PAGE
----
Mutations in α and β Subunits of Voltage-Gated Sodium Channels in Neuropathic Pain: Functional Assessment in Rodent and Human iPSC-Derived Sensory Neurons

Date of Award

Fall 10-1-2021

Document Type


Degree Name

Doctor of Philosophy (PhD)


Interdepartmental Neuroscience Program

First Advisor

Waxman, Stephen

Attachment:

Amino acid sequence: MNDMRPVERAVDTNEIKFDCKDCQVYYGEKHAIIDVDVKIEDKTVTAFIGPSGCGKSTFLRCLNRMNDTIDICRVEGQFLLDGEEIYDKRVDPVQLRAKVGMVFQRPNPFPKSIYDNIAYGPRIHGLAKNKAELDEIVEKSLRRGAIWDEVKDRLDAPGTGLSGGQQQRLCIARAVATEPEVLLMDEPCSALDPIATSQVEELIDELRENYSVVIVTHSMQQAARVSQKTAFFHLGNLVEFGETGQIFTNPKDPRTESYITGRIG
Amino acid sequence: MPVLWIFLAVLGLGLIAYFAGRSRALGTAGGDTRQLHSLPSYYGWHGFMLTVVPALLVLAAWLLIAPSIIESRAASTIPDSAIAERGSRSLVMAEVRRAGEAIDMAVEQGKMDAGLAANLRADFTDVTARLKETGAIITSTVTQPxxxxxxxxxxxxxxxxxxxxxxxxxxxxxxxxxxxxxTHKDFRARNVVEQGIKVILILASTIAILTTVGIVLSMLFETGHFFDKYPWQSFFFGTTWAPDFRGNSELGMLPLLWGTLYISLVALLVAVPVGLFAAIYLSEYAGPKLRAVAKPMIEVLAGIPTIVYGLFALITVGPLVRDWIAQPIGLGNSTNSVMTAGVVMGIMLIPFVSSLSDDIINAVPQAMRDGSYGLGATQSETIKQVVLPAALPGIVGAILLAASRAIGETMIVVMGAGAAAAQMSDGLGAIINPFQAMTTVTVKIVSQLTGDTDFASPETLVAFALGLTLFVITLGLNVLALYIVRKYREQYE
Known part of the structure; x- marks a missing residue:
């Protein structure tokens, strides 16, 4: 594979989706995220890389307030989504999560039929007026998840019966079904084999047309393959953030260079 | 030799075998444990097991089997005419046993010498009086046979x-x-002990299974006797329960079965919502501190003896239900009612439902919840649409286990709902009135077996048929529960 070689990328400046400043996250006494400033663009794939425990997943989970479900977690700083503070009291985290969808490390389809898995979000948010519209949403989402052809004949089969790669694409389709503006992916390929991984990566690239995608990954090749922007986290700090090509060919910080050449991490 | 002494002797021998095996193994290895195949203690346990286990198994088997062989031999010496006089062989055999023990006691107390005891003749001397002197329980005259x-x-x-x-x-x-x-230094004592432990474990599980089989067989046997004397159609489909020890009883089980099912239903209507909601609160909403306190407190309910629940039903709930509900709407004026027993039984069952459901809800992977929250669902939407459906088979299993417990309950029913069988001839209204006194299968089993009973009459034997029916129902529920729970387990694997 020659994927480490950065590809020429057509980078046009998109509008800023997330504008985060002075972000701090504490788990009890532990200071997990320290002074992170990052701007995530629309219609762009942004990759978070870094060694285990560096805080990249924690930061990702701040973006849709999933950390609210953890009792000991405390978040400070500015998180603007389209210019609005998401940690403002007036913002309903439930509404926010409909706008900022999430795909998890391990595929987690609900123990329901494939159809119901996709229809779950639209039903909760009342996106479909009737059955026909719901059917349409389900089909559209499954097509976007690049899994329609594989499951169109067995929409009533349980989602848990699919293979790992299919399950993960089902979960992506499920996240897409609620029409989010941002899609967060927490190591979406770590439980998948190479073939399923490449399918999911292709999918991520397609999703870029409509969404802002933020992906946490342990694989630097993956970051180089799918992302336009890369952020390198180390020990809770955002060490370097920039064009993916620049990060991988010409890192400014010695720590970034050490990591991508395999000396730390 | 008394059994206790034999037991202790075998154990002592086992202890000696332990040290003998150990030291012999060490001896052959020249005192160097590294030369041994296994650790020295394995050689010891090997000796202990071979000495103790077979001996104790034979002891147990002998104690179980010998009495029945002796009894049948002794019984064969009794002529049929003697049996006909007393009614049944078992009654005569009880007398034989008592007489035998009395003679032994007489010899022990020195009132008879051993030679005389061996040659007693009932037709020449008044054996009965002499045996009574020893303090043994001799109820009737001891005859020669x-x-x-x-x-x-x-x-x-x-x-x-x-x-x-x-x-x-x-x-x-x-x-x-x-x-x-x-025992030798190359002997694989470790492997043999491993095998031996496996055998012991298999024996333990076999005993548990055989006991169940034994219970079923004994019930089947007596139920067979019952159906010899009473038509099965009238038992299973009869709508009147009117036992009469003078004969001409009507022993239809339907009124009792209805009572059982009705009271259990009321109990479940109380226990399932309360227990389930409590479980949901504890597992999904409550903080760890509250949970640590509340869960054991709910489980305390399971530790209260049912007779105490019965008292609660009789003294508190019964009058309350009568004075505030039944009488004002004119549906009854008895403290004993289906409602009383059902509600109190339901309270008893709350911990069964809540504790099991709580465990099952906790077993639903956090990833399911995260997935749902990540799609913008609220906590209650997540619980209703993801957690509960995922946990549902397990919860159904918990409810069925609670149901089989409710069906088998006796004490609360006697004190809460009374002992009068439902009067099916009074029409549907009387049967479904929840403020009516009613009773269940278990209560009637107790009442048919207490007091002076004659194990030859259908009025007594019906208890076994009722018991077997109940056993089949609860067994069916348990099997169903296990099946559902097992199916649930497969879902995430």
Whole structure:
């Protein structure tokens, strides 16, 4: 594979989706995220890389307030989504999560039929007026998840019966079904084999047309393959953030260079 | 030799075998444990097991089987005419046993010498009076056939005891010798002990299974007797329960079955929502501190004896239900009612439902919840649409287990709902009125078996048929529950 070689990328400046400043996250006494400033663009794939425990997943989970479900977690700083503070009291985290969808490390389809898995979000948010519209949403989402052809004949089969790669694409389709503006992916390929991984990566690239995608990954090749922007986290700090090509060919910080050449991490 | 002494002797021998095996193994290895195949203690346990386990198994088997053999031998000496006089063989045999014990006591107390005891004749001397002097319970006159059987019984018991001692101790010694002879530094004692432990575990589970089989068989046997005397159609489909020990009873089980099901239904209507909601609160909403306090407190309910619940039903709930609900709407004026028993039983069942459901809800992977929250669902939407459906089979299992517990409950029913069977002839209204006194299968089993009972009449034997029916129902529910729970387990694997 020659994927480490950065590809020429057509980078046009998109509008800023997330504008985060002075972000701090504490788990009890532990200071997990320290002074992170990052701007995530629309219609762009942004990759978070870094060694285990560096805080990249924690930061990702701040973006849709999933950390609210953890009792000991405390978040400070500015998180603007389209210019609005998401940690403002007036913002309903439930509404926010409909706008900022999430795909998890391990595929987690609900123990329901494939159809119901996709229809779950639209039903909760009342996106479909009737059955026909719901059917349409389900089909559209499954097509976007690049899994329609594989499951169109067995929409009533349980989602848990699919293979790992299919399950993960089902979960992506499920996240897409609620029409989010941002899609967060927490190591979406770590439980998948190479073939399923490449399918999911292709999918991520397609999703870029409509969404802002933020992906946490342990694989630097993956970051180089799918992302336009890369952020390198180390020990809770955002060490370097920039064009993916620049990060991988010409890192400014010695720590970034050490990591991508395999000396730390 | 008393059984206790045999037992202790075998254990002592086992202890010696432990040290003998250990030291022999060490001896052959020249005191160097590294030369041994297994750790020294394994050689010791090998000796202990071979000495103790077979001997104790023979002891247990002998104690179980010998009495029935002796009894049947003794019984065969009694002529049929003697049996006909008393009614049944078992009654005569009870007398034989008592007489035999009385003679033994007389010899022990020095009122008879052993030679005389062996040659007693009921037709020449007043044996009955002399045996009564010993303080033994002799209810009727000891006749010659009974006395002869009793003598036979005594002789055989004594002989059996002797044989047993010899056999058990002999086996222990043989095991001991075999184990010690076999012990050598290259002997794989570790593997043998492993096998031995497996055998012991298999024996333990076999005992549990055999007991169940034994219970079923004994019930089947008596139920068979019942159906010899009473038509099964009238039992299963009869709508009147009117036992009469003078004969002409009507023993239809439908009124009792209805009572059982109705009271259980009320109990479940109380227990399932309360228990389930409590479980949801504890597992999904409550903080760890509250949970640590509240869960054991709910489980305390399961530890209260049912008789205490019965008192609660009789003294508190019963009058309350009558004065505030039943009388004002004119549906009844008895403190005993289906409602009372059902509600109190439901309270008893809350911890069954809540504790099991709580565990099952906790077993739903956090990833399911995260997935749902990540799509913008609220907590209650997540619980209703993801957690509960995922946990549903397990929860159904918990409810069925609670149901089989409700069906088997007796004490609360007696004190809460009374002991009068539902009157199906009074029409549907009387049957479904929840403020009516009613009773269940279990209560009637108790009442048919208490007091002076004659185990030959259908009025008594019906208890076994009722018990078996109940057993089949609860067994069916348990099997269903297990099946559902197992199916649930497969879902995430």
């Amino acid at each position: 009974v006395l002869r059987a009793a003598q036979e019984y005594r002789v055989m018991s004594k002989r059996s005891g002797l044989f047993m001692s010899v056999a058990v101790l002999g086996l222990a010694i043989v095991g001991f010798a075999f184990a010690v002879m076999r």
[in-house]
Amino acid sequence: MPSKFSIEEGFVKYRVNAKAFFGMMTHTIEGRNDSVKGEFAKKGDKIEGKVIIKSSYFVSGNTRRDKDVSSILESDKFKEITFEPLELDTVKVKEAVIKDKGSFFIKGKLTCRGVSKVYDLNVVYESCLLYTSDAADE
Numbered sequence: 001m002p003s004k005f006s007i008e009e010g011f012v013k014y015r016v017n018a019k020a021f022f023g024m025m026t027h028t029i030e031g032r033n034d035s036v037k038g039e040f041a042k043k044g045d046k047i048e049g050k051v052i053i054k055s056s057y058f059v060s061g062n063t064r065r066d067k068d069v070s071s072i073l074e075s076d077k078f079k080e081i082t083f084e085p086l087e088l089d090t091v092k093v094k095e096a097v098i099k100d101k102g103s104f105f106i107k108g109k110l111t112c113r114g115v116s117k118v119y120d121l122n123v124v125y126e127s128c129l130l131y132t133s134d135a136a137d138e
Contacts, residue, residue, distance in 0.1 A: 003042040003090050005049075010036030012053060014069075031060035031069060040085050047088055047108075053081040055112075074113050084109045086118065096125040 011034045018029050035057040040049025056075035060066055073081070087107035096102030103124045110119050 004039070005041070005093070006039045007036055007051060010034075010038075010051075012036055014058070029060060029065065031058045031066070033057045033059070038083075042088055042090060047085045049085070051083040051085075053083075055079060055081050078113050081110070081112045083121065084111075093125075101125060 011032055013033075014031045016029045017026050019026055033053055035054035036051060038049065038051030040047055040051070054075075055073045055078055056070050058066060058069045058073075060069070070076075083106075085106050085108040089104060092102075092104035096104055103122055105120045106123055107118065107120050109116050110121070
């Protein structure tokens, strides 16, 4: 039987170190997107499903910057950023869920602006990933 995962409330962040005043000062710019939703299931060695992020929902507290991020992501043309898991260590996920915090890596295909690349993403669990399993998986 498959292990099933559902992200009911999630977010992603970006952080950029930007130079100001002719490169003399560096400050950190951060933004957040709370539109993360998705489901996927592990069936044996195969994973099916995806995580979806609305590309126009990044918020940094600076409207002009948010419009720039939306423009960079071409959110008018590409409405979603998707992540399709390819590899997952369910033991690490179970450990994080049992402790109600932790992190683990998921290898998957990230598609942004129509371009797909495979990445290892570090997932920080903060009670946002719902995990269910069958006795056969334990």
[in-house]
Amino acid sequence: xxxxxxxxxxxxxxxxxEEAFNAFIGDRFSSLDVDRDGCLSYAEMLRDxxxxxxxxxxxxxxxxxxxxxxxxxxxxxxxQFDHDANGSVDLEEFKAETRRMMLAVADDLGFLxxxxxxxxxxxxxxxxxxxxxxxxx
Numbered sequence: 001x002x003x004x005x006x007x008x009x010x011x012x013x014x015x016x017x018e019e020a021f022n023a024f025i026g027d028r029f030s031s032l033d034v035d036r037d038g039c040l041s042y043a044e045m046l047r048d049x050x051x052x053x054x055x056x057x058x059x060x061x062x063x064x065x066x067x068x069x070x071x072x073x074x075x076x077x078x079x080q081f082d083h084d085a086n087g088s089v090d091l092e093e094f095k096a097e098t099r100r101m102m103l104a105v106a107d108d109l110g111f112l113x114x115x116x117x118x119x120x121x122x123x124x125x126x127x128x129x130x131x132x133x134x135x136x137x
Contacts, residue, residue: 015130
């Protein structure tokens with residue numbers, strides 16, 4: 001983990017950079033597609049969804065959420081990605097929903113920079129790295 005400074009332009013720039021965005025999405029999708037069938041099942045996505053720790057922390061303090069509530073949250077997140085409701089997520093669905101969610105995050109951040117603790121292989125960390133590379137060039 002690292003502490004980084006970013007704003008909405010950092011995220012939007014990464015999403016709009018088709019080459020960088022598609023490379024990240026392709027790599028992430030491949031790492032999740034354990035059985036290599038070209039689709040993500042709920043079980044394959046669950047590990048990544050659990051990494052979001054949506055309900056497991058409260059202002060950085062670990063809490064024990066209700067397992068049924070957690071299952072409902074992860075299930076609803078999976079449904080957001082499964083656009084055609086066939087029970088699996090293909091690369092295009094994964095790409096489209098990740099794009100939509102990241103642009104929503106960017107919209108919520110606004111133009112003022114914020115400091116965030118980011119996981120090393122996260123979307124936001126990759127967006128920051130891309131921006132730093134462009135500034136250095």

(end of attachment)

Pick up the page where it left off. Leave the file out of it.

Voltage-gated sodium (NaV) channels are key mediators of excitability in dorsal root ganglion (DRG) neurons, the primary afferents responsible for transmitting pain signals into the central nervous system. NaV channels are found as heterotrimeric complexes in humans, comprised of one pore-forming α-subunit and two non-ion conducting β-subunits. Gain-of-function mutations in NaV1.7, NaV1.8, and NaV1.9, the NaV channels preferentially expressed in the peripheral nervous system, confer hyperexcitability to DRG neurons and have been linked to the development of neuropathic pain. In this dissertation, I utilize dynamic clamp electrophysiology to precisely quantify the contribution of NaV1.8 and NaV1.9 to neuronal excitability. Furthermore, I then quantify the levels of NaV1.7 current reduction necessary to normalize excitability in human induced pluripotent stem-cell derived sensory neurons (iPSC-SNs) with gain-of-function mutations in NaV1.7, showing that reduction of approximately 50% of NaV1.7 currents is sufficient to reverse hyperexcitability in these iPSC-SNs.While sodium channel β-subunits play integral roles in modulating the trafficking and function of the α-subunits, and have been linked to the development of other diseases, their role in neuropathic pain has been less clear. In this dissertation, I also identify two novel mutations in the SCN2B gene, encoding the β2-subunit, in patients with two different neuropathic pain conditions. In a patient with diabetic neuropathy, I identify the β2-D109N mutation and show that this mutation renders DRG neurons hyperexcitable by depolarizing the voltage-dependence of fast-inactivation and reducing the use-dependent inhibition of NaV1.7. In a patient with small-fiber neuropathy, I identify the β2-Y69H mutation. This mutation does not affect the biophysical properties of NaV channels, but increases the current density of tetrodotoxin-sensitive current in DRG neurons. Altogether, we indict gain-of-function mutations in the SCN2B gene as potential contributors to the development of neuropathic pain.

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